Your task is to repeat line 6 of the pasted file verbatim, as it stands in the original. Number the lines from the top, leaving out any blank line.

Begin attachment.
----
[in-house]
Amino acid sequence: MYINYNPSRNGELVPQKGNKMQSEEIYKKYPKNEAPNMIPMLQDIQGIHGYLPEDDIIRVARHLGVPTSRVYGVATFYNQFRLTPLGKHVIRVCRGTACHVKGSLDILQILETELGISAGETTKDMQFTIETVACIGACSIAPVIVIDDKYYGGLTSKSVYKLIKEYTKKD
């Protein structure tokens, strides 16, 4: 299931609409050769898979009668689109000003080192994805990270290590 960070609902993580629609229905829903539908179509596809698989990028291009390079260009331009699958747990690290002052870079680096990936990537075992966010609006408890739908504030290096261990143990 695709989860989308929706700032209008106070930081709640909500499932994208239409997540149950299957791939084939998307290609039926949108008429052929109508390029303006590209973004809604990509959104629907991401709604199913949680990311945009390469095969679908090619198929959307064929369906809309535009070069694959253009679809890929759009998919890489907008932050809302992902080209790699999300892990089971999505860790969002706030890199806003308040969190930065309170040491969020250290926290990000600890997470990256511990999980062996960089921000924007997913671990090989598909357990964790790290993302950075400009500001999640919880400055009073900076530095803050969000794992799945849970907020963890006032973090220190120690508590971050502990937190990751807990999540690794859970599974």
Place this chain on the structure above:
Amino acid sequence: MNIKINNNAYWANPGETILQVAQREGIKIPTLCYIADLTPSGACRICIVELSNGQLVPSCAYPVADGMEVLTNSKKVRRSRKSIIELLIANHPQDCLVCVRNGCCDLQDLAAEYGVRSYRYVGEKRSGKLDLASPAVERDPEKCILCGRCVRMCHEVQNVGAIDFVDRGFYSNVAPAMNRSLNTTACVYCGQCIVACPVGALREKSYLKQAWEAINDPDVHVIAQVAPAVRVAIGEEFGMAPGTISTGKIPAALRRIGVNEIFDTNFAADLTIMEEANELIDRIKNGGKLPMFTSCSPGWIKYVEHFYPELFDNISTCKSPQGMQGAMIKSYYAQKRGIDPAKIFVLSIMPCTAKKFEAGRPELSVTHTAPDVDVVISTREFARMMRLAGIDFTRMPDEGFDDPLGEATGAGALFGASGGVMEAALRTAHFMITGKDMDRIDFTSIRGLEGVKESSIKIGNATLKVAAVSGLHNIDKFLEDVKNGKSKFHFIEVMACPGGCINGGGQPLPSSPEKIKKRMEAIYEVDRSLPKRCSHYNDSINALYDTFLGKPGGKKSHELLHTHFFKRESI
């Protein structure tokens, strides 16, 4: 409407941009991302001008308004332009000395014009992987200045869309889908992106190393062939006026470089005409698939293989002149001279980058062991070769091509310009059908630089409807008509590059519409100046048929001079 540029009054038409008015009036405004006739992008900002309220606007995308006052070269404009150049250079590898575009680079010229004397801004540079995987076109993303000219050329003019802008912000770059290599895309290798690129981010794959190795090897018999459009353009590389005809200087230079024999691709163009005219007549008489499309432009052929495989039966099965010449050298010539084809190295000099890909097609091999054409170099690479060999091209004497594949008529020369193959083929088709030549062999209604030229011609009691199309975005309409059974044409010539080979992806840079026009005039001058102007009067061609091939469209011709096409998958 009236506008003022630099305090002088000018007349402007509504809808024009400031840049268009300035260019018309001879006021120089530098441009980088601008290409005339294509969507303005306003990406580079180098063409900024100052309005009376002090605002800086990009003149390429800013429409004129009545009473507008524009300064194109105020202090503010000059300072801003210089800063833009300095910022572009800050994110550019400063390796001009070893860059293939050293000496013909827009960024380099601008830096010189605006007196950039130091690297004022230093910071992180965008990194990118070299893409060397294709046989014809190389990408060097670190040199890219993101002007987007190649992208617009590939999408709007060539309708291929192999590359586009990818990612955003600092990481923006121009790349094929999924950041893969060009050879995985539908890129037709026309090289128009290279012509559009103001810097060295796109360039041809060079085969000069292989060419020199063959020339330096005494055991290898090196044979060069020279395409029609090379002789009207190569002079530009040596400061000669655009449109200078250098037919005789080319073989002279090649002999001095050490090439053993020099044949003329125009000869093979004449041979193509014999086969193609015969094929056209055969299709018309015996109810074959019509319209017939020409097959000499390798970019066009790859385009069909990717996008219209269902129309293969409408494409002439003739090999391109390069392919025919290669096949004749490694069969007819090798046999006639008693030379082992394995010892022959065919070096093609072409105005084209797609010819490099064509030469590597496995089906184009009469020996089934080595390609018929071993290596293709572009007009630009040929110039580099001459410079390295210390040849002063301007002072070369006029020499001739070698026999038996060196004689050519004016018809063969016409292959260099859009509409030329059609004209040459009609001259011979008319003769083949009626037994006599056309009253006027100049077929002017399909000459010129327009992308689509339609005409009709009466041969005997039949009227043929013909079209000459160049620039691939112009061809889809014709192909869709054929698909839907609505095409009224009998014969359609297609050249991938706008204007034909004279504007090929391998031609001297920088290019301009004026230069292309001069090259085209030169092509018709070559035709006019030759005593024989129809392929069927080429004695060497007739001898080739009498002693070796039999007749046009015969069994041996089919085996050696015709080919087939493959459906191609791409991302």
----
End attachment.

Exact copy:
């Protein structure tokens, strides 16, 4: 409407941009991302001008308004332009000395014009992987200045869309889908992106190393062939006026470089005409698939293989002149001279980058062991070769091509310009059908630089409807008509590059519409100046048929001079 540029009054038409008015009036405004006739992008900002309220606007995308006052070269404009150049250079590898575009680079010229004397801004540079995987076109993303000219050329003019802008912000770059290599895309290798690129981010794959190795090897018999459009353009590389005809200087230079024999691709163009005219007549008489499309432009052929495989039966099965010449050298010539084809190295000099890909097609091999054409170099690479060999091209004497594949008529020369193959083929088709030549062999209604030229011609009691199309975005309409059974044409010539080979992806840079026009005039001058102007009067061609091939469209011709096409998958 009236506008003022630099305090002088000018007349402007509504809808024009400031840049268009300035260019018309001879006021120089530098441009980088601008290409005339294509969507303005306003990406580079180098063409900024100052309005009376002090605002800086990009003149390429800013429409004129009545009473507008524009300064194109105020202090503010000059300072801003210089800063833009300095910022572009800050994110550019400063390796001009070893860059293939050293000496013909827009960024380099601008830096010189605006007196950039130091690297004022230093910071992180965008990194990118070299893409060397294709046989014809190389990408060097670190040199890219993101002007987007190649992208617009590939999408709007060539309708291929192999590359586009990818990612955003600092990481923006121009790349094929999924950041893969060009050879995985539908890129037709026309090289128009290279012509559009103001810097060295796109360039041809060079085969000069292989060419020199063959020339330096005494055991290898090196044979060069020279395409029609090379002789009207190569002079530009040596400061000669655009449109200078250098037919005789080319073989002279090649002999001095050490090439053993020099044949003329125009000869093979004449041979193509014999086969193609015969094929056209055969299709018309015996109810074959019509319209017939020409097959000499390798970019066009790859385009069909990717996008219209269902129309293969409408494409002439003739090999391109390069392919025919290669096949004749490694069969007819090798046999006639008693030379082992394995010892022959065919070096093609072409105005084209797609010819490099064509030469590597496995089906184009009469020996089934080595390609018929071993290596293709572009007009630009040929110039580099001459410079390295210390040849002063301007002072070369006029020499001739070698026999038996060196004689050519004016018809063969016409292959260099859009509409030329059609004209040459009609001259011979008319003769083949009626037994006599056309009253006027100049077929002017399909000459010129327009992308689509339609005409009709009466041969005997039949009227043929013909079209000459160049620039691939112009061809889809014709192909869709054929698909839907609505095409009224009998014969359609297609050249991938706008204007034909004279504007090929391998031609001297920088290019301009004026230069292309001069090259085209030169092509018709070559035709006019030759005593024989129809392929069927080429004695060497007739001898080739009498002693070796039999007749046009015969069994041996089919085996050696015709080919087939493959459906191609791409991302």